February 14, 2009

Same-sex couples march for marriage

Sandra Maggard and Tina Parker have been together for five years.

On Thursday, they walked arm-in-arm down the hallway of the Fayette County Clerk's Office. The couple asked the county to recognize their relationship with a marriage license.

They were denied.

"In a way I was hoping we would come and people would change their mind" about gay marriage, Maggard said. "If our grandkids are OK with it, why can't the world be OK with it?"

On Thursday, gay couples across Kentucky walked into county clerks' offices to request marriage licenses. The event was part of National Freedom to Marry Week, which was organized by Marriage Equality USA and other gay rights groups.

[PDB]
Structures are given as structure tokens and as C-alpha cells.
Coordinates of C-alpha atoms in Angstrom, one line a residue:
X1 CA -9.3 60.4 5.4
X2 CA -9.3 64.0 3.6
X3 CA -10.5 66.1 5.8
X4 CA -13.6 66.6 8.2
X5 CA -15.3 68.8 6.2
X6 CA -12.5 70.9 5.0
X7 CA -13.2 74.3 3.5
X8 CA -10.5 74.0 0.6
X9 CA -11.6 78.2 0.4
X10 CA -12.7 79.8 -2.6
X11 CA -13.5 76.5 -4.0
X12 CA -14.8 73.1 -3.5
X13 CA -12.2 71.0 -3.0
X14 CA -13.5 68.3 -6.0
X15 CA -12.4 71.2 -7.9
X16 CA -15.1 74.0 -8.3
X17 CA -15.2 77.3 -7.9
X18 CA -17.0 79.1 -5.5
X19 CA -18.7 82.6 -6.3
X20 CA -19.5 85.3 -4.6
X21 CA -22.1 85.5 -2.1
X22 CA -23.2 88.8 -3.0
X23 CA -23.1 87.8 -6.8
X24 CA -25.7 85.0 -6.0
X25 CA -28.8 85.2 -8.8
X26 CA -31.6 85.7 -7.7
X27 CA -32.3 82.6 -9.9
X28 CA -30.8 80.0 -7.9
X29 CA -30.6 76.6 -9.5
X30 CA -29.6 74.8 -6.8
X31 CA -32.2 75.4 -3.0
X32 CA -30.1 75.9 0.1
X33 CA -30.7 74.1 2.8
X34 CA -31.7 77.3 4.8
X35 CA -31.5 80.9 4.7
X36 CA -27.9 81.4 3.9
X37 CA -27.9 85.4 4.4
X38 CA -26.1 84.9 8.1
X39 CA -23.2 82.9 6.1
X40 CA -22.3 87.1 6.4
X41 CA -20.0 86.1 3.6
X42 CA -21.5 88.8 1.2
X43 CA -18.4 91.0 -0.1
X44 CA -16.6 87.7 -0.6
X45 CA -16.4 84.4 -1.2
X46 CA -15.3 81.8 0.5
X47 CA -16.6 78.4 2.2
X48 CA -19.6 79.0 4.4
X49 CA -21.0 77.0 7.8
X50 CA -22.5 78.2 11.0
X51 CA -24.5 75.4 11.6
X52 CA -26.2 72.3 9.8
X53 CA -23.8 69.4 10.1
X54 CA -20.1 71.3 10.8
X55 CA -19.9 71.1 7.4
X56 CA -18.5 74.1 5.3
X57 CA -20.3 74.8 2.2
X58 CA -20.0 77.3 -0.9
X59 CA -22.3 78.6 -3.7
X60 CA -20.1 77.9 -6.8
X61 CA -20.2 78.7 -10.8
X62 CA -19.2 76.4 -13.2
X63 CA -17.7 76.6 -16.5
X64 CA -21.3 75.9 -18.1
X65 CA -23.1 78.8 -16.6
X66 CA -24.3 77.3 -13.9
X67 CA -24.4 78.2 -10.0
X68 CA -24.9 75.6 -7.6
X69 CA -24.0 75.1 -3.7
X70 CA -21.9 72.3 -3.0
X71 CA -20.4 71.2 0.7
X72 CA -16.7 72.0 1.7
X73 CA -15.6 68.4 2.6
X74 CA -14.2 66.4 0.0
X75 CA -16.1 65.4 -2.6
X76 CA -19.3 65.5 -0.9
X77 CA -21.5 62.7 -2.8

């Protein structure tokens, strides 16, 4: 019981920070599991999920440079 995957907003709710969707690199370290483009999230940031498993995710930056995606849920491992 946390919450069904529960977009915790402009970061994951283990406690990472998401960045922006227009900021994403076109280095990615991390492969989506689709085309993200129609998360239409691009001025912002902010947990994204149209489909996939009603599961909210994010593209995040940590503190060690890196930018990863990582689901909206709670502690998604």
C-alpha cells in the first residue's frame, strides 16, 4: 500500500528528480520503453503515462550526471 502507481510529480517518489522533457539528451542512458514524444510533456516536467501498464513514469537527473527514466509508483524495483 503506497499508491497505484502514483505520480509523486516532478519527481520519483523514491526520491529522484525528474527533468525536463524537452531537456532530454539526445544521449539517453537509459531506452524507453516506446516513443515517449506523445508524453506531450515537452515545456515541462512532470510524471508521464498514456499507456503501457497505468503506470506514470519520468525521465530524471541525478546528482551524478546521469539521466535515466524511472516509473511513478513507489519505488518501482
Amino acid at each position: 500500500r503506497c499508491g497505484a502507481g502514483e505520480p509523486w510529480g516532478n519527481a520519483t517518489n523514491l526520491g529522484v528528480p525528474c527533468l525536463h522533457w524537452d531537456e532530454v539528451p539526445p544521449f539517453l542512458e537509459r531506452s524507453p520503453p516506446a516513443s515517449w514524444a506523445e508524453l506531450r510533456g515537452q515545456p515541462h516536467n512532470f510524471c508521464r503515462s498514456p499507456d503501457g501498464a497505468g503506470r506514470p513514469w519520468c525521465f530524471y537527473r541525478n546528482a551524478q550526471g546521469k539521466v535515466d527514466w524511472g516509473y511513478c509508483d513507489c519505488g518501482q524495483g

Jordan Palmer, president of the Kentucky Equality Federation, said they were trying to draw attention to the denial of a human right. He wants to see repeals for the state's gay marriage amendment (a recent constitutional amendment that bans same-sex marriage and civil unions) and the federal Defense of Marriage Act (which bars the federal government from recognizing same-sex marriages and allows states to do the same).

"We don't really care if it changes people's minds," Palmer said. "It is really about making people aware that we are not afraid anymore, and we will be fighting for our rights and we will overturn it."

Nonetheless, Palmer admitted to being nervous before he asked for his marriage license with his partner, Daniel Hill.